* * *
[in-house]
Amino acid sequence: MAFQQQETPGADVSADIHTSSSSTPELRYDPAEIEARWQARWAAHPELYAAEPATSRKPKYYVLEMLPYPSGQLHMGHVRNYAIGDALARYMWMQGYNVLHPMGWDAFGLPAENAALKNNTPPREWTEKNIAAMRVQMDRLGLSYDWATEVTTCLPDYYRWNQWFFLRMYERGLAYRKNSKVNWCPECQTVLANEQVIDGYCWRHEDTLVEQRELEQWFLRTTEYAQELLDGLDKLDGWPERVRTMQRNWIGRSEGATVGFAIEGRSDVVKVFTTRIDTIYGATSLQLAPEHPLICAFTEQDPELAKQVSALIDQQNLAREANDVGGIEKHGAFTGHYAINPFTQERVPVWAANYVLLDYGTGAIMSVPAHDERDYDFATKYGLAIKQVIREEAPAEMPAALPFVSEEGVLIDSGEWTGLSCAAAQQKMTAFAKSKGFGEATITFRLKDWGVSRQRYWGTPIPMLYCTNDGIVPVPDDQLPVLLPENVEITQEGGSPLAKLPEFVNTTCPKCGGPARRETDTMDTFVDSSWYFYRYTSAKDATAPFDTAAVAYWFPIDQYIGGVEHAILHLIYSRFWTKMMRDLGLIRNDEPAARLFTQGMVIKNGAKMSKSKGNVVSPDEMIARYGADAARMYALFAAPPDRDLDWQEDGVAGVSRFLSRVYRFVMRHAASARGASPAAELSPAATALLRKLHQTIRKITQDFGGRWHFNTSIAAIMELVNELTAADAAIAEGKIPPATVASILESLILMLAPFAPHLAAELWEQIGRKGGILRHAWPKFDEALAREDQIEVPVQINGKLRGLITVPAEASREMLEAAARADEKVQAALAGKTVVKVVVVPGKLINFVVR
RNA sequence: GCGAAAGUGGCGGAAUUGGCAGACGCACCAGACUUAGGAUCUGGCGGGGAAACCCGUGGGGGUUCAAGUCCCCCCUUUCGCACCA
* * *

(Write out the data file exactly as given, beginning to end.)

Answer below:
[in-house]
Amino acid sequence: MAFQQQETPGADVSADIHTSSSSTPELRYDPAEIEARWQARWAAHPELYAAEPATSRKPKYYVLEMLPYPSGQLHMGHVRNYAIGDALARYMWMQGYNVLHPMGWDAFGLPAENAALKNNTPPREWTEKNIAAMRVQMDRLGLSYDWATEVTTCLPDYYRWNQWFFLRMYERGLAYRKNSKVNWCPECQTVLANEQVIDGYCWRHEDTLVEQRELEQWFLRTTEYAQELLDGLDKLDGWPERVRTMQRNWIGRSEGATVGFAIEGRSDVVKVFTTRIDTIYGATSLQLAPEHPLICAFTEQDPELAKQVSALIDQQNLAREANDVGGIEKHGAFTGHYAINPFTQERVPVWAANYVLLDYGTGAIMSVPAHDERDYDFATKYGLAIKQVIREEAPAEMPAALPFVSEEGVLIDSGEWTGLSCAAAQQKMTAFAKSKGFGEATITFRLKDWGVSRQRYWGTPIPMLYCTNDGIVPVPDDQLPVLLPENVEITQEGGSPLAKLPEFVNTTCPKCGGPARRETDTMDTFVDSSWYFYRYTSAKDATAPFDTAAVAYWFPIDQYIGGVEHAILHLIYSRFWTKMMRDLGLIRNDEPAARLFTQGMVIKNGAKMSKSKGNVVSPDEMIARYGADAARMYALFAAPPDRDLDWQEDGVAGVSRFLSRVYRFVMRHAASARGASPAAELSPAATALLRKLHQTIRKITQDFGGRWHFNTSIAAIMELVNELTAADAAIAEGKIPPATVASILESLILMLAPFAPHLAAELWEQIGRKGGILRHAWPKFDEALAREDQIEVPVQINGKLRGLITVPAEASREMLEAAARADEKVQAALAGKTVVKVVVVPGKLINFVVR
RNA sequence: GCGAAAGUGGCGGAAUUGGCAGACGCACCAGACUUAGGAUCUGGCGGGGAAACCCGUGGGGGUUCAAGUCCCCCCUUUCGCACCA